Monday, August 10, 2015

Only Black Lives Matter





Many comedians are not pleased.  Last November, Chris Rock told Frank Rich

Kids raised on a culture of “We’re not going to keep score in the game because we don’t want anybody to lose.” Or just ignoring race to a fault. You can’t say “the black kid over there.” No, it’s “the guy with the red shoes.” You can’t even be offensive on your way to being inoffensive.

Gilbert Gottfried the previous June had maintained "I'm not suggesting that apologies aren't occasionally necessary. But as a nation we've gotten apology crazy lately. Anything that even slightly upsets our gentle sensibilities is grounds for demanding amends."

But just this past March, iconoclastic Bill Maher, who once hosted the aptly named "Politically Incorrect" and who  (especially of late) has been outspoken in advocating freedom of expression, put it best when he asked "what is the point of attacking people who are 95 percent on your side?"

As it happens, that applies neatly to an event (video below) of this past weekend in which

A Seattle speech by Democratic presidential candidate Bernie Sanders was pre-empted in a chaotic confrontation Saturday afternoon with a pair of Black Lives Matter protesters, who took the stage and refused to let him speak.

The Vermont senator, who has drawn huge crowds around the country, was to be the star attraction and final speaker for a rally at Westlake Park to celebrate the 80th birthday of Social Security and the success of other anti-poverty programs.

You might bringing the curtain down on a rally intended to honor the greatest anti-poverty program in American history is self-defeating and passing strange, if not outright bizarre, for a group which bills itself "Black Lives Matter." However, Sanders'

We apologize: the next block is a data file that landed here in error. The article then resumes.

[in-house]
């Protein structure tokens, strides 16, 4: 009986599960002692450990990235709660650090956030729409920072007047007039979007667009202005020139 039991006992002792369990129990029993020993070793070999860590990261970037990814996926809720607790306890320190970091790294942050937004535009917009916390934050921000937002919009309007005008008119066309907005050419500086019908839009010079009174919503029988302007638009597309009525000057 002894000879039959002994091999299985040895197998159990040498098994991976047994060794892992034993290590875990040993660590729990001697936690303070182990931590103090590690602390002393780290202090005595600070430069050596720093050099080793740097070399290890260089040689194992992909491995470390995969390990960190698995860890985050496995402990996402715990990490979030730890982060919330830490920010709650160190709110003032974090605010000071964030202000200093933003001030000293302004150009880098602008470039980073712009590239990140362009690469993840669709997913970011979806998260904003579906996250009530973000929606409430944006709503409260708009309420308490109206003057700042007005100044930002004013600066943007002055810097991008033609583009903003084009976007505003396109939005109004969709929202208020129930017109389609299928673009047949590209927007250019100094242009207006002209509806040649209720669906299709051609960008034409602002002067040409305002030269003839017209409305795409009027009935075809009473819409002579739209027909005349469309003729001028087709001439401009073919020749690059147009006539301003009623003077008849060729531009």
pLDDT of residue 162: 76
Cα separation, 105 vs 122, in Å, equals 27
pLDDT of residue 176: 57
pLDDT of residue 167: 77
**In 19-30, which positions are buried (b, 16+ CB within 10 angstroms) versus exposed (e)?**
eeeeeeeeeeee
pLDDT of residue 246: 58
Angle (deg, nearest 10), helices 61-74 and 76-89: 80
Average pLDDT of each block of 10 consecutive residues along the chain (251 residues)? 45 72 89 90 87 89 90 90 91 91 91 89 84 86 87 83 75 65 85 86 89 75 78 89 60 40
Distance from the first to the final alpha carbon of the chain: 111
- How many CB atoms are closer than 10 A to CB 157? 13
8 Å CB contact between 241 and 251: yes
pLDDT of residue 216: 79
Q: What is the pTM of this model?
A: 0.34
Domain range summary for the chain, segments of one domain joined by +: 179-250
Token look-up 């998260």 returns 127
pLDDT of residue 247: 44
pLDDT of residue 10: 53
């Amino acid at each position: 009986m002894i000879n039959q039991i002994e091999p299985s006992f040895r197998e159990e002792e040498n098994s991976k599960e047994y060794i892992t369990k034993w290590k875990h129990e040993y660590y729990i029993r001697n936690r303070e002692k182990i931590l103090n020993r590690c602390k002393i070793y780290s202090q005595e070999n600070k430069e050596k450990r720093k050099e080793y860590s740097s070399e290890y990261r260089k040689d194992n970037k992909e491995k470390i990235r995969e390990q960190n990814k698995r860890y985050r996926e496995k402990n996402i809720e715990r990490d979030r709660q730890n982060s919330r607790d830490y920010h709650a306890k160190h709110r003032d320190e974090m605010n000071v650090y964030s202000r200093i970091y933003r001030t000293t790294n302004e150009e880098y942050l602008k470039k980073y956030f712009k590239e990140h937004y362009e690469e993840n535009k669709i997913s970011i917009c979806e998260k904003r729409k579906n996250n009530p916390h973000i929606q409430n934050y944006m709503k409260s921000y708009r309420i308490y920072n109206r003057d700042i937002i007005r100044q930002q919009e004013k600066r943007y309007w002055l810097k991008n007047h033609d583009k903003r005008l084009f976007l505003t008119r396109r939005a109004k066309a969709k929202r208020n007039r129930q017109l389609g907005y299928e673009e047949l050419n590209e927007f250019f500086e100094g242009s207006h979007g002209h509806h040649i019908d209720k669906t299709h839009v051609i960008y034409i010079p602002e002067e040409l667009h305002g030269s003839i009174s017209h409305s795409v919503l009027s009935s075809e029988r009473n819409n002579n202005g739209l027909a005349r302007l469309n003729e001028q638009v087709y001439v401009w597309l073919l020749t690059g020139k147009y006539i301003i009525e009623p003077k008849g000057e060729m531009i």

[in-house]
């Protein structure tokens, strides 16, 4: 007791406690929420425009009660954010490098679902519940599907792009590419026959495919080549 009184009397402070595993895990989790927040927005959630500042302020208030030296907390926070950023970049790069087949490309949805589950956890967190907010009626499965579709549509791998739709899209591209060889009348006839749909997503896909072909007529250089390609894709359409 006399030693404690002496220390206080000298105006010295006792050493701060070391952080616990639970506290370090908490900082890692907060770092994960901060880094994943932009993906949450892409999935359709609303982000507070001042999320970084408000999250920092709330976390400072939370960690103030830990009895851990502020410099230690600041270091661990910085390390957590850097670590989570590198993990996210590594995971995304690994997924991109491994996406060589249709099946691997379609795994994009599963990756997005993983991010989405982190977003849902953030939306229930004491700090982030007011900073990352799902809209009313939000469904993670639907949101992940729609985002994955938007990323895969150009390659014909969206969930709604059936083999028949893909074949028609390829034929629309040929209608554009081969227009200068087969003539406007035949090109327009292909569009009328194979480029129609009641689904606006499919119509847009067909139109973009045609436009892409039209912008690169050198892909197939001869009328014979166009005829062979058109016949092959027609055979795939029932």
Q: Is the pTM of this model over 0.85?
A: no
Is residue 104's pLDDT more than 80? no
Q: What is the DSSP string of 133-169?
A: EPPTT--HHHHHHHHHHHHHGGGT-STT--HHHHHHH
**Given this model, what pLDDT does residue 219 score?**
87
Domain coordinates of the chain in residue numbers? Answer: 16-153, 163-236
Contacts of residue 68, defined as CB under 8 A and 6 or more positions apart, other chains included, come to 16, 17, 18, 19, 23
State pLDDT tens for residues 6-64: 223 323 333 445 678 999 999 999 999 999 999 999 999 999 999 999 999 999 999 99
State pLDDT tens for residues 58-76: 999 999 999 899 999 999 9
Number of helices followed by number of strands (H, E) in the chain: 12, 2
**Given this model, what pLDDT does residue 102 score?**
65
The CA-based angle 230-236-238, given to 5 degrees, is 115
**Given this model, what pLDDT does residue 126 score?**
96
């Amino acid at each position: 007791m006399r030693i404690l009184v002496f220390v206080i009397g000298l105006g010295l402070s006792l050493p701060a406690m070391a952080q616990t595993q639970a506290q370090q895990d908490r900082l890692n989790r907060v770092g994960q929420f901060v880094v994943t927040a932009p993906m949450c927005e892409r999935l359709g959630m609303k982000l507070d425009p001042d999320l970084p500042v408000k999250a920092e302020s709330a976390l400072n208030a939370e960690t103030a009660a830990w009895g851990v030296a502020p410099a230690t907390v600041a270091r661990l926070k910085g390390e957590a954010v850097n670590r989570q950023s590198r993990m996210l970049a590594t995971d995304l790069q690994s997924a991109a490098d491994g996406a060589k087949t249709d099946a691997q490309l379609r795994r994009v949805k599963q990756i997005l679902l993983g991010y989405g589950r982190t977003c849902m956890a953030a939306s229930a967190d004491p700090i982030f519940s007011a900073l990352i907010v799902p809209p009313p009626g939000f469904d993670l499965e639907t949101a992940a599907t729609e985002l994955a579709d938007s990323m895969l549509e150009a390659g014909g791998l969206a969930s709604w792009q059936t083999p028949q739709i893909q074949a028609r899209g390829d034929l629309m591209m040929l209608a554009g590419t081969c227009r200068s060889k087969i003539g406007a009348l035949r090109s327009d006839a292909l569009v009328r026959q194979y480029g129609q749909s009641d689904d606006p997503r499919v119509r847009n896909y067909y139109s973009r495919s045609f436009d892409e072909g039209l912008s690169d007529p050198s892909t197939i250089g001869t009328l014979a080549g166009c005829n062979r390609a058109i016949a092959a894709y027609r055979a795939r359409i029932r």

afternoon plans were scuttled by protesters determined to turn attention instead to Sunday’s anniversary of the shooting by a white police officer of Michael Brown, an unarmed black man in Ferguson, Mo.

At Westlake, Sanders was just starting to address the crowd, thanking Seattle for being “one of the most progressive cities in the United States of America.

That’s as far as he got before two women walked onstage and grabbed the microphone.

“If you do not listen … your event will be shut down,” one of the protesters told organizers, who offered to let them speak after Sanders. After a back and forth with the screaming protesters, organizers relented and said the demonstrators could go first.

Some in the largely white audience booed and chanted for protesters to let the senator talk. A few yelled for police to make arrests.

Sadly for the quaint notion of free expression, those few were not enough as

Marissa Johnson, one of the protesters, shot back, “I was going to tell Bernie how racist this city is, filled with its progressives, but you did it for me,” accusing the audience of “white supremacist liberalism.” She cited Seattle’s own police problems, including an ongoing Justice Department consent decree over use of force.

The activists demanded 4½ minutes of silence in memory of Brown, to symbolize the 4½ hours his body lay on a Ferguson street. While rally organizers raised their hands in support, some in the crowd yelled profanities.